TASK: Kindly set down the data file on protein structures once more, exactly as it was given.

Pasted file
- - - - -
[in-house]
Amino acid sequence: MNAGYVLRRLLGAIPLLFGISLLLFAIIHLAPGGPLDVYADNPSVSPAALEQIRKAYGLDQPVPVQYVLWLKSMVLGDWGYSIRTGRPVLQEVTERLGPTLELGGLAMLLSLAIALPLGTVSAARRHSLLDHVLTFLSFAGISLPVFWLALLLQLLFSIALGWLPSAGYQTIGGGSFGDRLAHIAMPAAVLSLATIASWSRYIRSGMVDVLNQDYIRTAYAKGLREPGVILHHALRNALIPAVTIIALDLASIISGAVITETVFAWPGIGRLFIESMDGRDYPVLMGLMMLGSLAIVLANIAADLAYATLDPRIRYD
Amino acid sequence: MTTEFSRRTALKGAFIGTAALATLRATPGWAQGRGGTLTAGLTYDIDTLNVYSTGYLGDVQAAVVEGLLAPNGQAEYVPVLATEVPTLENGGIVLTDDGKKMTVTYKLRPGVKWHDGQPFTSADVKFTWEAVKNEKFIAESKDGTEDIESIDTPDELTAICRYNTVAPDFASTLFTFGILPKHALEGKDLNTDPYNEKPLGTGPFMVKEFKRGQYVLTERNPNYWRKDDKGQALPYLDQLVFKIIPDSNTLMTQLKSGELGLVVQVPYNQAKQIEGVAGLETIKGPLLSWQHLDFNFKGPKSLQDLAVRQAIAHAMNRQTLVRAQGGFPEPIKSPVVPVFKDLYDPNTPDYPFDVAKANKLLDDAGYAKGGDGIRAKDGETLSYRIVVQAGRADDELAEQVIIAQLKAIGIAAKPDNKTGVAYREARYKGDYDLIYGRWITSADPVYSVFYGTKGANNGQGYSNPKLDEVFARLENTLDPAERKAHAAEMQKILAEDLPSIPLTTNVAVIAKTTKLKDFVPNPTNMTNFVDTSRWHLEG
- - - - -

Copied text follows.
[in-house]
Amino acid sequence: MNAGYVLRRLLGAIPLLFGISLLLFAIIHLAPGGPLDVYADNPSVSPAALEQIRKAYGLDQPVPVQYVLWLKSMVLGDWGYSIRTGRPVLQEVTERLGPTLELGGLAMLLSLAIALPLGTVSAARRHSLLDHVLTFLSFAGISLPVFWLALLLQLLFSIALGWLPSAGYQTIGGGSFGDRLAHIAMPAAVLSLATIASWSRYIRSGMVDVLNQDYIRTAYAKGLREPGVILHHALRNALIPAVTIIALDLASIISGAVITETVFAWPGIGRLFIESMDGRDYPVLMGLMMLGSLAIVLANIAADLAYATLDPRIRYD
Amino acid sequence: MTTEFSRRTALKGAFIGTAALATLRATPGWAQGRGGTLTAGLTYDIDTLNVYSTGYLGDVQAAVVEGLLAPNGQAEYVPVLATEVPTLENGGIVLTDDGKKMTVTYKLRPGVKWHDGQPFTSADVKFTWEAVKNEKFIAESKDGTEDIESIDTPDELTAICRYNTVAPDFASTLFTFGILPKHALEGKDLNTDPYNEKPLGTGPFMVKEFKRGQYVLTERNPNYWRKDDKGQALPYLDQLVFKIIPDSNTLMTQLKSGELGLVVQVPYNQAKQIEGVAGLETIKGPLLSWQHLDFNFKGPKSLQDLAVRQAIAHAMNRQTLVRAQGGFPEPIKSPVVPVFKDLYDPNTPDYPFDVAKANKLLDDAGYAKGGDGIRAKDGETLSYRIVVQAGRADDELAEQVIIAQLKAIGIAAKPDNKTGVAYREARYKGDYDLIYGRWITSADPVYSVFYGTKGANNGQGYSNPKLDEVFARLENTLDPAERKAHAAEMQKILAEDLPSIPLTTNVAVIAKTTKLKDFVPNPTNMTNFVDTSRWHLEG